It’s a common notion that after discovering America, Columbus and his crew then brought back the scourge of syphilis to Europe.
But there’s now conclusive evidence that the theory simply isn’t true, and syphilis was already present in the Old World long before Columbus set sail in 1492.
Researchers at the Medical University of Vienna, Austria, say they have discovered evidence of congenital syphilis — the type of illness passed from a mother to her fetus — in skeletons buried as early as 1320 in the cathedral square of St. Polten, Austria.
The investigators, from the university’s Center for Anatomy and Cell Biology, cut away extremely thin slices of bones and teeth of the skeletons to examine under the microscope.
The teeth provided especially good evidence supporting syphilis infection, said a team led by Karl Grossschmidt and Fabian Kanz, of the university’s department of cell and developmental biology.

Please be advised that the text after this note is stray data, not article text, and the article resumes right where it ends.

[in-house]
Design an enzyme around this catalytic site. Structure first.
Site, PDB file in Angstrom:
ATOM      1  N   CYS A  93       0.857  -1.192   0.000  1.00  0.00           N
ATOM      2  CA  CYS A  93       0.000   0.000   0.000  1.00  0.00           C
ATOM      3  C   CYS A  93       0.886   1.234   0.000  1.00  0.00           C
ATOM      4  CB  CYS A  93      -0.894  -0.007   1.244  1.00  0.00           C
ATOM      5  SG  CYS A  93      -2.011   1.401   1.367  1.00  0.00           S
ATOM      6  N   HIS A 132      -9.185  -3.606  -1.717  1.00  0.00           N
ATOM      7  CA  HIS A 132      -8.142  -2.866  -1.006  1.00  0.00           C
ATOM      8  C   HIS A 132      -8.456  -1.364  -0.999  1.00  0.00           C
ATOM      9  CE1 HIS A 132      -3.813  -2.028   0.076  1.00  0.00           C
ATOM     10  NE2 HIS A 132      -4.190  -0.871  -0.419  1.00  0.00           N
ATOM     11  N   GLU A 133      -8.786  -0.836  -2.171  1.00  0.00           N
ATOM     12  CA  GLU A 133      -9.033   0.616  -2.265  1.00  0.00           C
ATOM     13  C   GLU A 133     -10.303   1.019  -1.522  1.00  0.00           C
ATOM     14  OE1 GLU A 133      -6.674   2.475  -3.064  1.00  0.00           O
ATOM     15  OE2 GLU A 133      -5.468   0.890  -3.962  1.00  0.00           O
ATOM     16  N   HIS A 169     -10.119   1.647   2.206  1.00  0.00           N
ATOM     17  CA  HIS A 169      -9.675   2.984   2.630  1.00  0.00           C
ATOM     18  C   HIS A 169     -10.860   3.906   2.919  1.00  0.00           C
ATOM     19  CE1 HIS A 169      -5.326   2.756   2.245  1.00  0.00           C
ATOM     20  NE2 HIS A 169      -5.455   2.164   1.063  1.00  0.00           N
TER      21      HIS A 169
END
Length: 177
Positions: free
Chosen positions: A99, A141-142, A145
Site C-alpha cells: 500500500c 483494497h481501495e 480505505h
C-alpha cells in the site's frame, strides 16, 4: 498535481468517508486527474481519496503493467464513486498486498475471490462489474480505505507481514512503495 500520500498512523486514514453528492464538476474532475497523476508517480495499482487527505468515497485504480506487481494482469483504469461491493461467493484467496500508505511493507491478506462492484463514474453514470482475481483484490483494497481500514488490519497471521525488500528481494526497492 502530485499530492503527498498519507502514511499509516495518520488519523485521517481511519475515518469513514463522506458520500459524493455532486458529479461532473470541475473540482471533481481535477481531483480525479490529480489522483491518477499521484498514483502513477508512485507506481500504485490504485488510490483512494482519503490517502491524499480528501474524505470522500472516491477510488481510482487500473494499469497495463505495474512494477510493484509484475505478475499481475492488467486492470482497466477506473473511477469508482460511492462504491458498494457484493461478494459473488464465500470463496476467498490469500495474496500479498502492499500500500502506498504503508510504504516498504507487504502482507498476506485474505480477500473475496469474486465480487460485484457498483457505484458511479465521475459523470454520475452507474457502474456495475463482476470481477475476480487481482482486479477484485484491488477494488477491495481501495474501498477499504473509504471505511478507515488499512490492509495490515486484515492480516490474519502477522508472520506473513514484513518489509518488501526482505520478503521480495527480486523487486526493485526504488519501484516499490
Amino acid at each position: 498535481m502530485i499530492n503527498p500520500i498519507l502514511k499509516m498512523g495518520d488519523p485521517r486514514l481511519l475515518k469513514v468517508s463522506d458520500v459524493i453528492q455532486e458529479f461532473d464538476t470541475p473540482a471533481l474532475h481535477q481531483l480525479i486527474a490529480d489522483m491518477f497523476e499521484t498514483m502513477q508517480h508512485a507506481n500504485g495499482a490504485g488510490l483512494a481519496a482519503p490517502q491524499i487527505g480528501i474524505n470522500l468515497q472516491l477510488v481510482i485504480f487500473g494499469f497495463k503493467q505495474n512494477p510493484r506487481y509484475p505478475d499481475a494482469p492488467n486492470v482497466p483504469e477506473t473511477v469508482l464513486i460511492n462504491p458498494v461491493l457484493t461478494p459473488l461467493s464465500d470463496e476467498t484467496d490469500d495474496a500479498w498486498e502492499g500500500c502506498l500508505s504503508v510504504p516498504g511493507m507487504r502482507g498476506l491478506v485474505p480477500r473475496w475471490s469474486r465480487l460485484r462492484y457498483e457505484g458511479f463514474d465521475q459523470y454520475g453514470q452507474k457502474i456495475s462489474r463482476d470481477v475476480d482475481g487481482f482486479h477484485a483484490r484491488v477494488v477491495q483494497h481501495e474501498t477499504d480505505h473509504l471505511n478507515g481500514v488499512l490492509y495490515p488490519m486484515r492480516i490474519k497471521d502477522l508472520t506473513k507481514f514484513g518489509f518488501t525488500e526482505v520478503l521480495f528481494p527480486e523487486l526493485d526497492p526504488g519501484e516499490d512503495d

“We found so-called Hutchinson’s teeth with central notches and converging edges and mulberry molars, which are characteristic signs of syphilis,” the authors explained in the study.
“The discovery clearly refutes the previous theory,” Grossschmidt and Kanz wrote. They say that further research, using high-tech molecular biological testing and other methods, will be used to confirm the findings.
The 14th-century skeletons examined in the research have plenty of neighbors. The researchers reported that excavations have already recovered more than 9,000 skeletons from St. Polten cathedral square, the largest number unearthed from any archaeological site in Europe.
The study was published online Nov. 18 in the Journal of Biological and Clinical Anthropology.
The U.S. National Institute of Allergy and Infectious Diseases has more about syphilis.
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